For people living with Bipolar Disorder, it can be difficult to know whether you are manic, depressed, or have no symptoms at all. When you first get diagnosed, this can be especially difficult –but a big part of managing your symptoms of Bipolar Disorder is self-awareness. The reality of Bipolar Disorder is that it makes you question yourself and your reality . Distinguishing mania from depression comes down to self-awareness through monitoring your moods, which can be difficult, but is possible. Here are a few tips to help keep you in check.
Keep a mood journal. Keeping a mood journal is a great way to track warning signs of a bipolar episode. You can write down your feelings or symptoms in a journal, or even just write notes on your phone. There are also many apps and websites to help you that can send you daily reminders to log your moods and symptoms. People often do not realize if and what kind of episode they are experiencing until afterwards. Journaling makes it very easy to look back and notice trends to help you recognize it earlier the next time.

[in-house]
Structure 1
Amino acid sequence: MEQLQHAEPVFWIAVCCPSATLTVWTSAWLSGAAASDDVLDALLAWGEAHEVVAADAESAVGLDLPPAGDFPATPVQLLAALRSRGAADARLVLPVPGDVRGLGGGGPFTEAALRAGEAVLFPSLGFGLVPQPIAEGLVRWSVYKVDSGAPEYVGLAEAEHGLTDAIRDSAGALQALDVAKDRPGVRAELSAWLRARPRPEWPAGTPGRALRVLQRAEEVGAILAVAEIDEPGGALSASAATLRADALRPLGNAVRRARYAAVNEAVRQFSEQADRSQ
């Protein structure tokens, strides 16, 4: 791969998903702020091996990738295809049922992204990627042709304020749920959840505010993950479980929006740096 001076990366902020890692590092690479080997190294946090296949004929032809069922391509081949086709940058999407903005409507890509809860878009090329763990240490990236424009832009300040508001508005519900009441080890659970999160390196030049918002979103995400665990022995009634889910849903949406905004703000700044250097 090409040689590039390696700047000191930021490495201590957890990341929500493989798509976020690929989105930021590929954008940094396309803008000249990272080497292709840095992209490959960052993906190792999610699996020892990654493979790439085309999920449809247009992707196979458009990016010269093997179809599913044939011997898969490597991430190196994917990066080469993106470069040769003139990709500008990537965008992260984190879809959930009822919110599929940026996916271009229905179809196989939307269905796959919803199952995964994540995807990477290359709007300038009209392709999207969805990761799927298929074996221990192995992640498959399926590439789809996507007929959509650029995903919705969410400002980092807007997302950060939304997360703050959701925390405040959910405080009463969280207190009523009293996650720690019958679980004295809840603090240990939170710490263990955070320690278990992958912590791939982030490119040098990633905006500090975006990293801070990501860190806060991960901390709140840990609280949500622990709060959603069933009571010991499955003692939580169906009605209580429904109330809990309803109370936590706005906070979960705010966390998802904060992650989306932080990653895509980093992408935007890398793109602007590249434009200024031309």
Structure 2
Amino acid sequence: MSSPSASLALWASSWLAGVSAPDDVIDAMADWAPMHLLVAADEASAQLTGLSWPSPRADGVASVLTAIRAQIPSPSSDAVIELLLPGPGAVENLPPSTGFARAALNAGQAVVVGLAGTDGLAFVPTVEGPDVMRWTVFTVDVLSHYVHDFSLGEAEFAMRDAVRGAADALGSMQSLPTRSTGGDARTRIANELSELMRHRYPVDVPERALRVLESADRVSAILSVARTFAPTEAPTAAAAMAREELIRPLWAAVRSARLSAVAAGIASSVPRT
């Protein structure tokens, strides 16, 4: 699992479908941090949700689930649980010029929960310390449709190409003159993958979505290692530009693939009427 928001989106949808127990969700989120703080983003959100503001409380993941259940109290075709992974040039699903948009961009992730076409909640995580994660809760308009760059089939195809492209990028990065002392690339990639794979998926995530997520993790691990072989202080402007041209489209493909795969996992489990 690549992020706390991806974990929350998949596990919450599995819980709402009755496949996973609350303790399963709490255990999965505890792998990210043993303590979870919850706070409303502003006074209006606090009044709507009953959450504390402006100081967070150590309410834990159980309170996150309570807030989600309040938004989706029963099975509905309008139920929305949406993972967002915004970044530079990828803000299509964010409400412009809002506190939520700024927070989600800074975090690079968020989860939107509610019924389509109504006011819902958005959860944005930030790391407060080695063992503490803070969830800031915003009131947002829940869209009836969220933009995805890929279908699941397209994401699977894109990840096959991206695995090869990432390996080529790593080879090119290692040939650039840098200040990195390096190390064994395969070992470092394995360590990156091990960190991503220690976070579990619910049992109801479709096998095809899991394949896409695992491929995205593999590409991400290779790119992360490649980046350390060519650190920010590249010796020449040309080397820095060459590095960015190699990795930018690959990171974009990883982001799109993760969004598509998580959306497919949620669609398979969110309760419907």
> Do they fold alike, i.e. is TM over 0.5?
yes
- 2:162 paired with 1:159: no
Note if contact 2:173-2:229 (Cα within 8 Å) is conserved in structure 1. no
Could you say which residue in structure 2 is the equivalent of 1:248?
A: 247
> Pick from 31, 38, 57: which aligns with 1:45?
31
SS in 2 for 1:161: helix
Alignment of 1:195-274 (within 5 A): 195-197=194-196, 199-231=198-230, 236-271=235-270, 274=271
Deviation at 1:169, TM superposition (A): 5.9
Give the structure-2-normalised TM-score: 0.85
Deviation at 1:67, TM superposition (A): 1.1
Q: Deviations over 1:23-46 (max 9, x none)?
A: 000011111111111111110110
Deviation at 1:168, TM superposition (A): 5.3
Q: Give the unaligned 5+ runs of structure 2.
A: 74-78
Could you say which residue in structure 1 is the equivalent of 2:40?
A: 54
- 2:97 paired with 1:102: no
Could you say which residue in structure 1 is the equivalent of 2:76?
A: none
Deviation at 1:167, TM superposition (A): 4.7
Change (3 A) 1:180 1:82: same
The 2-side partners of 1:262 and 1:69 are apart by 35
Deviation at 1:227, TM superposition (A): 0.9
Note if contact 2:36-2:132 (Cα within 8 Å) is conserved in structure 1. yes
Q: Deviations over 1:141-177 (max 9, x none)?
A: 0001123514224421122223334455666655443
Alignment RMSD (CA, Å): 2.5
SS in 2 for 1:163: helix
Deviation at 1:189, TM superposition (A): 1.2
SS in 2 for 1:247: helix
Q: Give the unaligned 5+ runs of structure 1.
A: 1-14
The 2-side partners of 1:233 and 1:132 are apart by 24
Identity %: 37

Understand what your symptoms look like. It is easy to look online at a list of symptoms but it’s far more difficult to recognize how they manifest in your life. Symptoms manifest in behaviors which vary greatly from person to person. You might understand what your symptoms are but do you know what it looks like to you? Often people don’t realize they are manic until afterwards or when they are already in a deep depression. One way to help this is by writing your own list of symptoms that are specific to you. Go online and look through the symptoms and think about your behavior when you knew you were in a manic episode and match your specific actions to symptoms. Do the same thing with your depressive symptoms. Manic and depressive episodes are characterized by things you wouldn’t ordinarily do, all happening in the same time frame. By keeping your own symptoms list on hand, you can easily refer to it when you are unsure of what kind of state you are in.
The good news is that it gets better with time. At first you might feel like you have no idea what you are doing and have no control, but the longer you have been dealing with your symptoms, the better you will be at managing them. Every time something happens, from minor shifts in mood to whole episodes, think of it as a learning experience that is helping you better prepare for the next time. As you learn more about your symptoms, you will be able to catch yourself and your triggers before you get to a crisis point.